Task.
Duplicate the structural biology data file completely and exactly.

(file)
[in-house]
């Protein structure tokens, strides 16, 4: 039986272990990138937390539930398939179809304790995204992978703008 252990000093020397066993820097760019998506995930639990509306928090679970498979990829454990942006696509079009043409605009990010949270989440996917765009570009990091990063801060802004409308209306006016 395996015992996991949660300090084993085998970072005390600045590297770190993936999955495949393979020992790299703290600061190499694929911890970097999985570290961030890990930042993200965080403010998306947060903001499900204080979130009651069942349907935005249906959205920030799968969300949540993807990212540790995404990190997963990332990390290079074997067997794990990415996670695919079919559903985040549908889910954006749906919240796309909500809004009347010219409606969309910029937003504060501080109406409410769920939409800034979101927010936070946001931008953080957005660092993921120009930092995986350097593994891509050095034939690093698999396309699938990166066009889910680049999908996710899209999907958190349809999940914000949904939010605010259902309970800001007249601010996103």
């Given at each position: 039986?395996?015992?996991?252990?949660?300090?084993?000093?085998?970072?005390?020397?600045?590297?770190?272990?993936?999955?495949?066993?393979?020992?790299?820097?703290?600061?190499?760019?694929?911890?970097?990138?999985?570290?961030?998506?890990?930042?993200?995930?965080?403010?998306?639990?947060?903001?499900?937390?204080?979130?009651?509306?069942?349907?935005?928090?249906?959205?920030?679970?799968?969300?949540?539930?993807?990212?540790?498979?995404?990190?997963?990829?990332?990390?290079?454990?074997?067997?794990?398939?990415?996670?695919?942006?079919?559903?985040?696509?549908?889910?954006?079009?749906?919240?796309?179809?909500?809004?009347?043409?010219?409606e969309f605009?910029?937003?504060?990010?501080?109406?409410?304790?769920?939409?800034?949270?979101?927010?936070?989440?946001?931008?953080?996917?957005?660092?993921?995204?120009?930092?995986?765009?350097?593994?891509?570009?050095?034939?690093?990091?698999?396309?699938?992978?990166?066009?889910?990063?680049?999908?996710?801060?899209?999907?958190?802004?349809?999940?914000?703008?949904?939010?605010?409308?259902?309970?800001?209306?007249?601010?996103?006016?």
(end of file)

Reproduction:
[in-house]
């Protein structure tokens, strides 16, 4: 039986272990990138937390539930398939179809304790995204992978703008 252990000093020397066993820097760019998506995930639990509306928090679970498979990829454990942006696509079009043409605009990010949270989440996917765009570009990091990063801060802004409308209306006016 395996015992996991949660300090084993085998970072005390600045590297770190993936999955495949393979020992790299703290600061190499694929911890970097999985570290961030890990930042993200965080403010998306947060903001499900204080979130009651069942349907935005249906959205920030799968969300949540993807990212540790995404990190997963990332990390290079074997067997794990990415996670695919079919559903985040549908889910954006749906919240796309909500809004009347010219409606969309910029937003504060501080109406409410769920939409800034979101927010936070946001931008953080957005660092993921120009930092995986350097593994891509050095034939690093698999396309699938990166066009889910680049999908996710899209999907958190349809999940914000949904939010605010259902309970800001007249601010996103």
């Given at each position: 039986?395996?015992?996991?252990?949660?300090?084993?000093?085998?970072?005390?020397?600045?590297?770190?272990?993936?999955?495949?066993?393979?020992?790299?820097?703290?600061?190499?760019?694929?911890?970097?990138?999985?570290?961030?998506?890990?930042?993200?995930?965080?403010?998306?639990?947060?903001?499900?937390?204080?979130?009651?509306?069942?349907?935005?928090?249906?959205?920030?679970?799968?969300?949540?539930?993807?990212?540790?498979?995404?990190?997963?990829?990332?990390?290079?454990?074997?067997?794990?398939?990415?996670?695919?942006?079919?559903?985040?696509?549908?889910?954006?079009?749906?919240?796309?179809?909500?809004?009347?043409?010219?409606e969309f605009?910029?937003?504060?990010?501080?109406?409410?304790?769920?939409?800034?949270?979101?927010?936070?989440?946001?931008?953080?996917?957005?660092?993921?995204?120009?930092?995986?765009?350097?593994?891509?570009?050095?034939?690093?990091?698999?396309?699938?992978?990166?066009?889910?990063?680049?999908?996710?801060?899209?999907?958190?802004?349809?999940?914000?703008?949904?939010?605010?409308?259902?309970?800001?209306?007249?601010?996103?006016?």